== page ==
In 1979, Congress authorized the Secretary of Health and Human Services through Title XVII of the Public Health Service Act to set national disease prevention and health promotion goals and objectives. Starting with 1980 and for each subsequent decade, the Department of Health and Human Services (HHS) has launched and overseen a Healthy People initiative. Like its predecessors, Healthy People 2030 (HP2030) includes a conceptual framework, a broad list of objectives organized by topics (objectives expected to be finalized by HHS in early 2020), and ultimately, a smaller set of high-level priority measures called Leading Health Indicators (LHIs) (see Figure S-1, reprised from NASEM, 2019c).
The National Academies of Sciences, Engineering, and Medicine convened a consensus study committee at the request of the Office of the Assistant Secretary for Health to provide advice on two components of the HP2030 effort. The Statement of Task is provided in Box 1-1. In May 2019, the charge was clarified slightly to add the following sentence: “The committee may identify gaps and may recommend new objectives for LHI consideration that meet the core objective criteria.” This change was made in recognition that the Federal Interagency Workgroup (FIW), which would make final decisions about the LHIs, was instructed by HHS to draw the LHIs only from the core objectives for HP2030. A report from the Secretary’s Advisory Committee on National Health Promotion and Disease Prevention Objectives for 2030 (SAC) had highlighted potential areas for adding to the draft core objectives to ensure the availability of appropriate candidates for LHIs (SAC, 2019). Given the revised charge to the committee and as the final core objectives will not be announced until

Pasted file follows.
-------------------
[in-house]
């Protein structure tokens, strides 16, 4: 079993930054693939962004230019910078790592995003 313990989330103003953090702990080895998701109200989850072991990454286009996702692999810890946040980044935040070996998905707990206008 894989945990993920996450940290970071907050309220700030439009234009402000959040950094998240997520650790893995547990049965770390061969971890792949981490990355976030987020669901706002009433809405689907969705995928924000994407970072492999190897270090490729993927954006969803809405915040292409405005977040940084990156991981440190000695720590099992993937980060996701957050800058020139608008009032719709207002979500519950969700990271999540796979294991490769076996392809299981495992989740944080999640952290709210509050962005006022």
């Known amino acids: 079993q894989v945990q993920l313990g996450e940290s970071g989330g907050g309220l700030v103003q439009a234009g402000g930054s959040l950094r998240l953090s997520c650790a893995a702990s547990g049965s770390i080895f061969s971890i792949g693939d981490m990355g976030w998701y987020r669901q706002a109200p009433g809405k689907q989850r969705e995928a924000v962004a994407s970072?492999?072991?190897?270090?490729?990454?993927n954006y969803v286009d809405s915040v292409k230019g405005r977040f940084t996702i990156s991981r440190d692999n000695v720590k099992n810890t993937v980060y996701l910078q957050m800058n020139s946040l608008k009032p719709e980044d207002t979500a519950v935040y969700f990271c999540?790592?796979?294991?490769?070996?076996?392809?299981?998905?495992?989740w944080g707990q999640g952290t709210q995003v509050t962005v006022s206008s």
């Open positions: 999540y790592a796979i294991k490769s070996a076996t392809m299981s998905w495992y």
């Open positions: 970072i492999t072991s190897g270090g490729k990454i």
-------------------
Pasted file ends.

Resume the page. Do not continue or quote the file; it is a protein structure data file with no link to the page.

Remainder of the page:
after this report is released, this report has drawn on the core objectives submitted for public review by HHS (2018), considered the recommendations of the SAC in its reports, and explained the committee’s judgment in identifying new objectives that could serve as LHIs that best reflect the final HP2030 mission, vision, and framework (HHS, 2018).
THE COMMITTEE’S APPROACH
After starting its work in January 2019, the committee held three information-gathering meetings between February and May 2019—two were web-based and consisted of presentations from HHS and the leadership of the SAC and its relevant subcommittees, and one meeting took place at the Keck Center of the National Academies in Washington, DC, and included speakers from HHS and the SAC, as well as national experts on health metrics and data sources.1 In addition to these, the committee held 19 virtual meetings to deliberate about report findings and recommendations.
The committee recognizes that the HP2030 is an enormous undertaking by HHS, the FIW, and the SAC. The effort has included multiple meetings of and reports from the SAC, an extensive and in-depth process by the FIW to substantially reduce the large number of objectives (1,200 for HP2020) to a more manageable set (355 draft core objectives, along with additional developmental and research objectives), and HHS’s oversight of a complex, multi-component process that included gathering stakeholder input. The committee also appreciated the SAC’s detailed
1 See http://nationalacademies.org/hmd/Activities/PublicHealth/LeadingHealthIndicatorsForHealthyPeople2030.aspx (accessed January 2, 2020).
presentations and responsiveness in extensive conversations that occurred at the public meetings described above.